Posted by Val HairLyfe Starks on Sunday, May 17, 2015

A Denver mom has created a heated debate on social media with her unique parenting style — publicly scolding her 13-year-old daughter for posing as a much older teenager on social media, where the girl had posted racy photos and said she was a “freak.”

As punishment, Valerie Starks, 31, took her daughter outside and turned on a cellphone camera.

“How old are you?” Starks asks the girl who, throughout the video, fidgets and then starts to cry.

“Thirteen,” she mumbles.

“So why does your Facebook page say you’re 19? Are you 19?” Starks asks. “And are you a freak?”


Starks said her daughter was pretending to be 19 on Facebook, where she had accepted friend requests from grown men twice her own age.

“She’s had issues with Facebook in the past, at least four times in the past,” Starks told 7News Denver. “She spent half of last summer on punishment after being on Facebook, and it wasn’t even half as bad.” This time, she said, she took a different approach.

She filmed her daughter, whose face has been blurred in the video, admitting to her real age.

“You’ve got a Facebook page, and you’re on there with your bra on, right? Is that what you do?” Starks asks her daughter. The girl starts to sniffle.

“Don’t cry now. You wasn’t crying when you was posting pictures on Facebook, was you? In a bra?” Starks continues. “Some little girl in some lace panties that you know you don’t own. You still wear panties that say ‘Monday,’ ‘Tuesday,’ ‘Wednesday.'”

Then Starks turns to the camera.

“This is going to go on her Facebook page and I want all of you to know she watches Disney Channel, she has a bedtime, she doesn’t sit around in a bra, she doesn’t own any lace panties and she doesn’t know how to wipe her butt good — at 13,” she says.

“Tell them you’re going to be in the house all summer long reading books,” she tells her daughter. “You’re not going to be able to watch TV. You’re not going to play outside. You’re going to sit all summer long and think about how you’re never going to be on Facebook again.”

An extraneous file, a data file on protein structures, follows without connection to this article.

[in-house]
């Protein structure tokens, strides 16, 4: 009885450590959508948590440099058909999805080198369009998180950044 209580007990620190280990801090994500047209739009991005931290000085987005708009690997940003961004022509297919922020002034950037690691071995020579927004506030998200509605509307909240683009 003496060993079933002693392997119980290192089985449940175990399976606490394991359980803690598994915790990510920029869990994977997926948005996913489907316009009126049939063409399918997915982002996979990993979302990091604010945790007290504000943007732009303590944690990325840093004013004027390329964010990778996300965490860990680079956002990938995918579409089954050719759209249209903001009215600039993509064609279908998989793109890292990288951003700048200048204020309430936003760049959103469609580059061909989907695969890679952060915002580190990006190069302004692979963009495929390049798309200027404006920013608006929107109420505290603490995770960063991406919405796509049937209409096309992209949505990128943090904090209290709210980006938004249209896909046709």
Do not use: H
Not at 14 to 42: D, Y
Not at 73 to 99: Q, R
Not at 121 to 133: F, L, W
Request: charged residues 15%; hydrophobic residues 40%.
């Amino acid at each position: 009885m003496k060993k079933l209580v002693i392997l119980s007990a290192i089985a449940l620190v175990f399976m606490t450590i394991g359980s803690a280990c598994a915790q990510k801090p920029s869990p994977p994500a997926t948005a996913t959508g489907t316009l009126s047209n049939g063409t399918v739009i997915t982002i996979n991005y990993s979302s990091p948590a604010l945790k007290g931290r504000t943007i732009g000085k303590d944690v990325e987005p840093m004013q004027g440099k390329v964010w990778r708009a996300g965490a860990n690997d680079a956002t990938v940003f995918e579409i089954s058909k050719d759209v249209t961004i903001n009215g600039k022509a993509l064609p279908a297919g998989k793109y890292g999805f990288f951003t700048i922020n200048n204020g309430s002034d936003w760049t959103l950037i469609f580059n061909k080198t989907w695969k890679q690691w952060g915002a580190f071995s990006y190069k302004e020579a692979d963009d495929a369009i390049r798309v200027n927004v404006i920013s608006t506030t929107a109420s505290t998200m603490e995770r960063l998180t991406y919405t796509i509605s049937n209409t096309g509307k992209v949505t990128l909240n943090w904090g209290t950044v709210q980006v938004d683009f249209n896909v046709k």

The video was posted over the weekend. By Friday morning, it had been viewed more than 12 million times and gotten more than 300,000 comments.

“Great job mom! You are to be commended,” Facebook user Joseph Thompson wrote. “Glad you still have the wheel before someone else steers her down the wrong road.”

Many commenters shared the same sentiment. Even some who didn’t agree with Stark’s parenting methods, agreed that it was for the girl’s own good. But others, including some parenting experts, said the video seems more like cyberbullying.

“It is heartbreaking,” parenting expert Amy McCready told CNN. She said although it’s obvious Starks loves her daughter, public humiliation is not an effective approach. “If kids fear that they are going to be publicly humiliated, guess what, they are going to get really good at hiding the truth,” McCready added.

“This type of shaming is NOTHING compared to the shame she would feel when skanky pictures of her go viral,” Amy Dague argued on Facebook. “Or if any of those grown men were to get ahold of her. The little girl wanted some attention and she sure got it, but she got it from the right place: from a mother who cares enough to make an impression! I’m sick of reading the comments about how this mom could have done it ‘differently’ and how her daughter will be ‘scarred.’

“Good for you Momma!”

On Monday, Starks posted another video, saying she is a single mother who rents a room from her brother. She goes to school at night and doesn’t work because she’s a convicted felon, she said, “for being around the wrong people who had marijuana.”

After she publicly chided the child, she said, she explained to her daughter why she did it. She also thanked people who have supported her. But to those who haven’t: “I’m her mother before anything. I’m not her friend,” she said in the second video. “My job is to raise her and sometimes that takes tough love.”

Starks said she will not lose her daughter “to the streets.”

“The streets won’t raise her. The schools won’t raise her. The system won’t raise her,” she said. “I will raise her if it kills me.”